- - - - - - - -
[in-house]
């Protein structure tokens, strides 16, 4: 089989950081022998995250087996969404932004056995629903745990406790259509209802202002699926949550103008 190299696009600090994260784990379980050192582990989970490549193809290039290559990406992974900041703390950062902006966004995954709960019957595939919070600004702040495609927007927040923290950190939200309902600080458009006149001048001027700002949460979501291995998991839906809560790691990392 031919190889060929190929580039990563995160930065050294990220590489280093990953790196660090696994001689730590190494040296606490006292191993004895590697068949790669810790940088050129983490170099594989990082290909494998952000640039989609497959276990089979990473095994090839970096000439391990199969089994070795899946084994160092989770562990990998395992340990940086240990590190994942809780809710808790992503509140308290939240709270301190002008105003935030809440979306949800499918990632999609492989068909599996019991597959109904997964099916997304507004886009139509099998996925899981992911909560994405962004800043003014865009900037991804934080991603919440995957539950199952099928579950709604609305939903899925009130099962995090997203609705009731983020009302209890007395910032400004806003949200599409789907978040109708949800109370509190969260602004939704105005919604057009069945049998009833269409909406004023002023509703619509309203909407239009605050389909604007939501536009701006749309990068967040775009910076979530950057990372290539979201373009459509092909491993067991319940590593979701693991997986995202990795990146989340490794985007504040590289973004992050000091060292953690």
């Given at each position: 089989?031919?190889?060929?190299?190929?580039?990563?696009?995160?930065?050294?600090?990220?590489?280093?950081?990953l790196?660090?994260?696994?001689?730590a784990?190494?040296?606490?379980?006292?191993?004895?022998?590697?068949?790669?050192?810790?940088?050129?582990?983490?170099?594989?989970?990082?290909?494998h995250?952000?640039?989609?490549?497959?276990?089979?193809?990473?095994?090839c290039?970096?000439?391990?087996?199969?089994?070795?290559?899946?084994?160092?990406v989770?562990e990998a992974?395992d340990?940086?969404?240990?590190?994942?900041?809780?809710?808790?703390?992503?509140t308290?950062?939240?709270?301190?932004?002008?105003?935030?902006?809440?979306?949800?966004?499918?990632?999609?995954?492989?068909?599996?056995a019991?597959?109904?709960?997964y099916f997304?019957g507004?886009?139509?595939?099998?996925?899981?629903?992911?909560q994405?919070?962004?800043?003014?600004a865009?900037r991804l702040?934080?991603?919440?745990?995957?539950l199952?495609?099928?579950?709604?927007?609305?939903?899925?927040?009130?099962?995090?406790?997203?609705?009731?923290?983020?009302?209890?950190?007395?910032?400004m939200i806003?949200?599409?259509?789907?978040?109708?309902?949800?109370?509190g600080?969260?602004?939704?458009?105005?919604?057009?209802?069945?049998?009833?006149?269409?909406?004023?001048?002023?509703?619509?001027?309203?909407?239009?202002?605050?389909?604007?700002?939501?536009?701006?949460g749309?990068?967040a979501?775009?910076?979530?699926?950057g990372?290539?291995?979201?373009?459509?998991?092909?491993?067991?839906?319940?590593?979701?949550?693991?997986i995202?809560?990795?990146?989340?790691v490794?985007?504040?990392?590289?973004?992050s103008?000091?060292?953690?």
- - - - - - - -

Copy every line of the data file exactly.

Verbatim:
[in-house]
């Protein structure tokens, strides 16, 4: 089989950081022998995250087996969404932004056995629903745990406790259509209802202002699926949550103008 190299696009600090994260784990379980050192582990989970490549193809290039290559990406992974900041703390950062902006966004995954709960019957595939919070600004702040495609927007927040923290950190939200309902600080458009006149001048001027700002949460979501291995998991839906809560790691990392 031919190889060929190929580039990563995160930065050294990220590489280093990953790196660090696994001689730590190494040296606490006292191993004895590697068949790669810790940088050129983490170099594989990082290909494998952000640039989609497959276990089979990473095994090839970096000439391990199969089994070795899946084994160092989770562990990998395992340990940086240990590190994942809780809710808790992503509140308290939240709270301190002008105003935030809440979306949800499918990632999609492989068909599996019991597959109904997964099916997304507004886009139509099998996925899981992911909560994405962004800043003014865009900037991804934080991603919440995957539950199952099928579950709604609305939903899925009130099962995090997203609705009731983020009302209890007395910032400004806003949200599409789907978040109708949800109370509190969260602004939704105005919604057009069945049998009833269409909406004023002023509703619509309203909407239009605050389909604007939501536009701006749309990068967040775009910076979530950057990372290539979201373009459509092909491993067991319940590593979701693991997986995202990795990146989340490794985007504040590289973004992050000091060292953690």
């Given at each position: 089989?031919?190889?060929?190299?190929?580039?990563?696009?995160?930065?050294?600090?990220?590489?280093?950081?990953l790196?660090?994260?696994?001689?730590a784990?190494?040296?606490?379980?006292?191993?004895?022998?590697?068949?790669?050192?810790?940088?050129?582990?983490?170099?594989?989970?990082?290909?494998h995250?952000?640039?989609?490549?497959?276990?089979?193809?990473?095994?090839c290039?970096?000439?391990?087996?199969?089994?070795?290559?899946?084994?160092?990406v989770?562990e990998a992974?395992d340990?940086?969404?240990?590190?994942?900041?809780?809710?808790?703390?992503?509140t308290?950062?939240?709270?301190?932004?002008?105003?935030?902006?809440?979306?949800?966004?499918?990632?999609?995954?492989?068909?599996?056995a019991?597959?109904?709960?997964y099916f997304?019957g507004?886009?139509?595939?099998?996925?899981?629903?992911?909560q994405?919070?962004?800043?003014?600004a865009?900037r991804l702040?934080?991603?919440?745990?995957?539950l199952?495609?099928?579950?709604?927007?609305?939903?899925?927040?009130?099962?995090?406790?997203?609705?009731?923290?983020?009302?209890?950190?007395?910032?400004m939200i806003?949200?599409?259509?789907?978040?109708?309902?949800?109370?509190g600080?969260?602004?939704?458009?105005?919604?057009?209802?069945?049998?009833?006149?269409?909406?004023?001048?002023?509703?619509?001027?309203?909407?239009?202002?605050?389909?604007?700002?939501?536009?701006?949460g749309?990068?967040a979501?775009?910076?979530?699926?950057g990372?290539?291995?979201?373009?459509?998991?092909?491993?067991?839906?319940?590593?979701?949550?693991?997986i995202?809560?990795?990146?989340?790691v490794?985007?504040?990392?590289?973004?992050s103008?000091?060292?953690?």